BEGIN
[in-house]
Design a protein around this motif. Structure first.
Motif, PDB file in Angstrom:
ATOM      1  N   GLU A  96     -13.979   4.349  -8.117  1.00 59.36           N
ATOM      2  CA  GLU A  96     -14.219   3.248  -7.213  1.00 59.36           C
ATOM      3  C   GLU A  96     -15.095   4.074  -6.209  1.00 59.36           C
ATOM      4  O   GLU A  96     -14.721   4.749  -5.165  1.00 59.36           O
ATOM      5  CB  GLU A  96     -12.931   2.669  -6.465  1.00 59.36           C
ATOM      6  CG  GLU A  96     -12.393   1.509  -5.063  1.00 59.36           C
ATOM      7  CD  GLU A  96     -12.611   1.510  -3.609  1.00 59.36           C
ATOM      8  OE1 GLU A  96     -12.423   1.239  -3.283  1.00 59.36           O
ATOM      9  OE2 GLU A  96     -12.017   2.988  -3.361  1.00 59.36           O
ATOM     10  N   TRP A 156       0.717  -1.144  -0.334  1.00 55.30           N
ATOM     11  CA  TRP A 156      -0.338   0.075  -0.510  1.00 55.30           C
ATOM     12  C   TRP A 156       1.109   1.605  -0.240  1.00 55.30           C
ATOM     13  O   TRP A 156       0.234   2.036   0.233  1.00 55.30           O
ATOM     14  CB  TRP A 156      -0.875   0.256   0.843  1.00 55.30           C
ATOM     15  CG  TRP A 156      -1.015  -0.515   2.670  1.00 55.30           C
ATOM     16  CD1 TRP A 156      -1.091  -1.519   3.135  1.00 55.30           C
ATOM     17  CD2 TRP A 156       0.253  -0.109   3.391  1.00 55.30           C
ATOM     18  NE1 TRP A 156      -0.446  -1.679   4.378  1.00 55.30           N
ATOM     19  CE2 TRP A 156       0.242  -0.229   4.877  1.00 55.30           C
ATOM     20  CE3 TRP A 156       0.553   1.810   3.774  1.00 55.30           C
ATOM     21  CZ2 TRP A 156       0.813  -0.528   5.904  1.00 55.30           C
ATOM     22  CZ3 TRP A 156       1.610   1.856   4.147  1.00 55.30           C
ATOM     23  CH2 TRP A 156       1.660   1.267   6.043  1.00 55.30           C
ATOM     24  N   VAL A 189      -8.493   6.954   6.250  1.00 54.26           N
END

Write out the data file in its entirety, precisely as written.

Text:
[in-house]
Design a protein around this motif. Structure first.
Motif, PDB file in Angstrom:
ATOM      1  N   GLU A  96     -13.979   4.349  -8.117  1.00 59.36           N
ATOM      2  CA  GLU A  96     -14.219   3.248  -7.213  1.00 59.36           C
ATOM      3  C   GLU A  96     -15.095   4.074  -6.209  1.00 59.36           C
ATOM      4  O   GLU A  96     -14.721   4.749  -5.165  1.00 59.36           O
ATOM      5  CB  GLU A  96     -12.931   2.669  -6.465  1.00 59.36           C
ATOM      6  CG  GLU A  96     -12.393   1.509  -5.063  1.00 59.36           C
ATOM      7  CD  GLU A  96     -12.611   1.510  -3.609  1.00 59.36           C
ATOM      8  OE1 GLU A  96     -12.423   1.239  -3.283  1.00 59.36           O
ATOM      9  OE2 GLU A  96     -12.017   2.988  -3.361  1.00 59.36           O
ATOM     10  N   TRP A 156       0.717  -1.144  -0.334  1.00 55.30           N
ATOM     11  CA  TRP A 156      -0.338   0.075  -0.510  1.00 55.30           C
ATOM     12  C   TRP A 156       1.109   1.605  -0.240  1.00 55.30           C
ATOM     13  O   TRP A 156       0.234   2.036   0.233  1.00 55.30           O
ATOM     14  CB  TRP A 156      -0.875   0.256   0.843  1.00 55.30           C
ATOM     15  CG  TRP A 156      -1.015  -0.515   2.670  1.00 55.30           C
ATOM     16  CD1 TRP A 156      -1.091  -1.519   3.135  1.00 55.30           C
ATOM     17  CD2 TRP A 156       0.253  -0.109   3.391  1.00 55.30           C
ATOM     18  NE1 TRP A 156      -0.446  -1.679   4.378  1.00 55.30           N
ATOM     19  CE2 TRP A 156       0.242  -0.229   4.877  1.00 55.30           C
ATOM     20  CE3 TRP A 156       0.553   1.810   3.774  1.00 55.30           C
ATOM     21  CZ2 TRP A 156       0.813  -0.528   5.904  1.00 55.30           C
ATOM     22  CZ3 TRP A 156       1.610   1.856   4.147  1.00 55.30           C
ATOM     23  CH2 TRP A 156       1.660   1.267   6.043  1.00 55.30           C
ATOM     24  N   VAL A 189      -8.493   6.954   6.250  1.00 54.26           N